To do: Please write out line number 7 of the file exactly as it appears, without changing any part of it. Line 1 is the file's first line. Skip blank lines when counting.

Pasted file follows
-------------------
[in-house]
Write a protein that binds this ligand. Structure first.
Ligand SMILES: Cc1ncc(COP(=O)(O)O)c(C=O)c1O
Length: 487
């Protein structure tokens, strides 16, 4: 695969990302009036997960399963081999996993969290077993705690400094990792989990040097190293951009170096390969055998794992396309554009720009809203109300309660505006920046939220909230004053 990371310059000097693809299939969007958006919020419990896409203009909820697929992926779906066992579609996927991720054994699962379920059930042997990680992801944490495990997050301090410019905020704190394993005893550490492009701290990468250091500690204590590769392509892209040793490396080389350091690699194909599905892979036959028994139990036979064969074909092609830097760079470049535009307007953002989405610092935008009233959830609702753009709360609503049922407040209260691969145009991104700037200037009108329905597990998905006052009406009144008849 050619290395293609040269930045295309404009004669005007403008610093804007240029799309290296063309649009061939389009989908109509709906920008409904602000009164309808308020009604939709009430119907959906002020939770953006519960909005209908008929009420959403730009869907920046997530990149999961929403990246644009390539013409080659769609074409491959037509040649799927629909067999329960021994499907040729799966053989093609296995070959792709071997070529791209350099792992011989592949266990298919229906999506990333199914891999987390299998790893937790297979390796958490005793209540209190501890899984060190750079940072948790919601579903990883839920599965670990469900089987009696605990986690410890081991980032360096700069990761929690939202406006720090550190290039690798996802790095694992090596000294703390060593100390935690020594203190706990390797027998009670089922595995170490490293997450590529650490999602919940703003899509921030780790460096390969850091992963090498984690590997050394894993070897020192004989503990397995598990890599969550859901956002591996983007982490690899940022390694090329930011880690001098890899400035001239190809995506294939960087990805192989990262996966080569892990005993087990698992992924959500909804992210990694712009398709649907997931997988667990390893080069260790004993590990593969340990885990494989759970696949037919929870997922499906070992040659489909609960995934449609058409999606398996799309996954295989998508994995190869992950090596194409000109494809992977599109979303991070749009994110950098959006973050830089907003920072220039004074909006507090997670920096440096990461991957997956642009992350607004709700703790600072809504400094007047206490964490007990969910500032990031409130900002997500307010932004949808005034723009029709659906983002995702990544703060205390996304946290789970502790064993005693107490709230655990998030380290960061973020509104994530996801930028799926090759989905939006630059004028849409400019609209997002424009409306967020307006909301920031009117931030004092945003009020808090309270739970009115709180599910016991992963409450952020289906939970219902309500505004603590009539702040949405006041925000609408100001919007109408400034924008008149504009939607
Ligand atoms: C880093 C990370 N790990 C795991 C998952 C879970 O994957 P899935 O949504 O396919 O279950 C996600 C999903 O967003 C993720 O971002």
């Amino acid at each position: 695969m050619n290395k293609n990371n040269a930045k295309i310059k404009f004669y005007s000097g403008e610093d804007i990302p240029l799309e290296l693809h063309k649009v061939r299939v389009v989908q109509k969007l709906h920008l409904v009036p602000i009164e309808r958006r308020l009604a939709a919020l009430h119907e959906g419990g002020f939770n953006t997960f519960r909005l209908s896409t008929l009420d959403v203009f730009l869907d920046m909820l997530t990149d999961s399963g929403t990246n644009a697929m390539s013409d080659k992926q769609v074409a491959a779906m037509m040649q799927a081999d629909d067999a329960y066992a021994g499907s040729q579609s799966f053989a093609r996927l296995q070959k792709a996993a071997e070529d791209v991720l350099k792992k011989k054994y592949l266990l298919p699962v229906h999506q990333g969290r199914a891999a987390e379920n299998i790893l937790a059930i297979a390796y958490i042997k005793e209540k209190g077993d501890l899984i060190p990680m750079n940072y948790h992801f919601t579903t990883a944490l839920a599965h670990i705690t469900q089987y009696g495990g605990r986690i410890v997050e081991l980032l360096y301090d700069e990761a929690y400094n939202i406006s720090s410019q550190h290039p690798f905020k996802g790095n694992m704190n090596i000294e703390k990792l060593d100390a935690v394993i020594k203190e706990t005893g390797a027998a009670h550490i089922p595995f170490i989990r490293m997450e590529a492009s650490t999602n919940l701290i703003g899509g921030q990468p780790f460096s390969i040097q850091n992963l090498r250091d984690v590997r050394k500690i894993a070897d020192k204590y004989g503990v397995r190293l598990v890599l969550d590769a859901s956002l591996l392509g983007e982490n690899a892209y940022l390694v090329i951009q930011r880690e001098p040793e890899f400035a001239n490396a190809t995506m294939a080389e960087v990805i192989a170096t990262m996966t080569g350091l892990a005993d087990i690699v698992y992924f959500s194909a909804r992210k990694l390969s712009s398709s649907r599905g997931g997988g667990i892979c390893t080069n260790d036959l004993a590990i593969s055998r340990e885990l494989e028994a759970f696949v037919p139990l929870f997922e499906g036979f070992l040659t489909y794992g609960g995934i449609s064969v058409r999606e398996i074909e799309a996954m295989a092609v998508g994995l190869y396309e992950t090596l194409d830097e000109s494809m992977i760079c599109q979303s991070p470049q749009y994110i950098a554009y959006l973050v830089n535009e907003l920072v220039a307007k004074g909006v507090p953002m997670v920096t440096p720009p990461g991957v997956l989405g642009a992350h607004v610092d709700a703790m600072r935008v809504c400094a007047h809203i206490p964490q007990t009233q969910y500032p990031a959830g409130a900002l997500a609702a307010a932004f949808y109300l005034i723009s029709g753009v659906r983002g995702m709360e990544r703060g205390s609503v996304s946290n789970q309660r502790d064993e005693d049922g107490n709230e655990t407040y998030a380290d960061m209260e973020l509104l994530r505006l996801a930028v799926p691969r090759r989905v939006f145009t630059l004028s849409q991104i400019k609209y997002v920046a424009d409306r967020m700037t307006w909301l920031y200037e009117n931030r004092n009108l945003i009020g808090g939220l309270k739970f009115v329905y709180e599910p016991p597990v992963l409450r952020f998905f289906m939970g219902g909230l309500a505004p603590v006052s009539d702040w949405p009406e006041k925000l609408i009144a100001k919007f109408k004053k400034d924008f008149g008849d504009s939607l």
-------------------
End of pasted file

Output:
């Amino acid at each position: 695969m050619n290395k293609n990371n040269a930045k295309i310059k404009f004669y005007s000097g403008e610093d804007i990302p240029l799309e290296l693809h063309k649009v061939r299939v389009v989908q109509k969007l709906h920008l409904v009036p602000i009164e309808r958006r308020l009604a939709a919020l009430h119907e959906g419990g002020f939770n953006t997960f519960r909005l209908s896409t008929l009420d959403v203009f730009l869907d920046m909820l997530t990149d999961s399963g929403t990246n644009a697929m390539s013409d080659k992926q769609v074409a491959a779906m037509m040649q799927a081999d629909d067999a329960y066992a021994g499907s040729q579609s799966f053989a093609r996927l296995q070959k792709a996993a071997e070529d791209v991720l350099k792992k011989k054994y592949l266990l298919p699962v229906h999506q990333g969290r199914a891999a987390e379920n299998i790893l937790a059930i297979a390796y958490i042997k005793e209540k209190g077993d501890l899984i060190p990680m750079n940072y948790h992801f919601t579903t990883a944490l839920a599965h670990i705690t469900q089987y009696g495990g605990r986690i410890v997050e081991l980032l360096y301090d700069e990761a929690y400094n939202i406006s720090s410019q550190h290039p690798f905020k996802g790095n694992m704190n090596i000294e703390k990792l060593d100390a935690v394993i020594k203190e706990t005893g390797a027998a009670h550490i089922p595995f170490i989990r490293m997450e590529a492009s650490t999602n919940l701290i703003g899509g921030q990468p780790f460096s390969i040097q850091n992963l090498r250091d984690v590997r050394k500690i894993a070897d020192k204590y004989g503990v397995r190293l598990v890599l969550d590769a859901s956002l591996l392509g983007e982490n690899a892209y940022l390694v090329i951009q930011r880690e001098p040793e890899f400035a001239n490396a190809t995506m294939a080389e960087v990805i192989a170096t990262m996966t080569g350091l892990a005993d087990i690699v698992y992924f959500s194909a909804r992210k990694l390969s712009s398709s649907r599905g997931g997988g667990i892979c390893t080069n260790d036959l004993a590990i593969s055998r340990e885990l494989e028994a759970f696949v037919p139990l929870f997922e499906g036979f070992l040659t489909y794992g609960g995934i449609s064969v058409r999606e398996i074909e799309a996954m295989a092609v998508g994995l190869y396309e992950t090596l194409d830097e000109s494809m992977i760079c599109q979303s991070p470049q749009y994110i950098a554009y959006l973050v830089n535009e907003l920072v220039a307007k004074g909006v507090p953002m997670v920096t440096p720009p990461g991957v997956l989405g642009a992350h607004v610092d709700a703790m600072r935008v809504c400094a007047h809203i206490p964490q007990t009233q969910y500032p990031a959830g409130a900002l997500a609702a307010a932004f949808y109300l005034i723009s029709g753009v659906r983002g995702m709360e990544r703060g205390s609503v996304s946290n789970q309660r502790d064993e005693d049922g107490n709230e655990t407040y998030a380290d960061m209260e973020l509104l994530r505006l996801a930028v799926p691969r090759r989905v939006f145009t630059l004028s849409q991104i400019k609209y997002v920046a424009d409306r967020m700037t307006w909301l920031y200037e009117n931030r004092n009108l945003i009020g808090g939220l309270k739970f009115v329905y709180e599910p016991p597990v992963l409450r952020f998905f289906m939970g219902g909230l309500a505004p603590v006052s009539d702040w949405p009406e006041k925000l609408i009144a100001k919007f109408k004053k400034d924008f008149g008849d504009s939607l």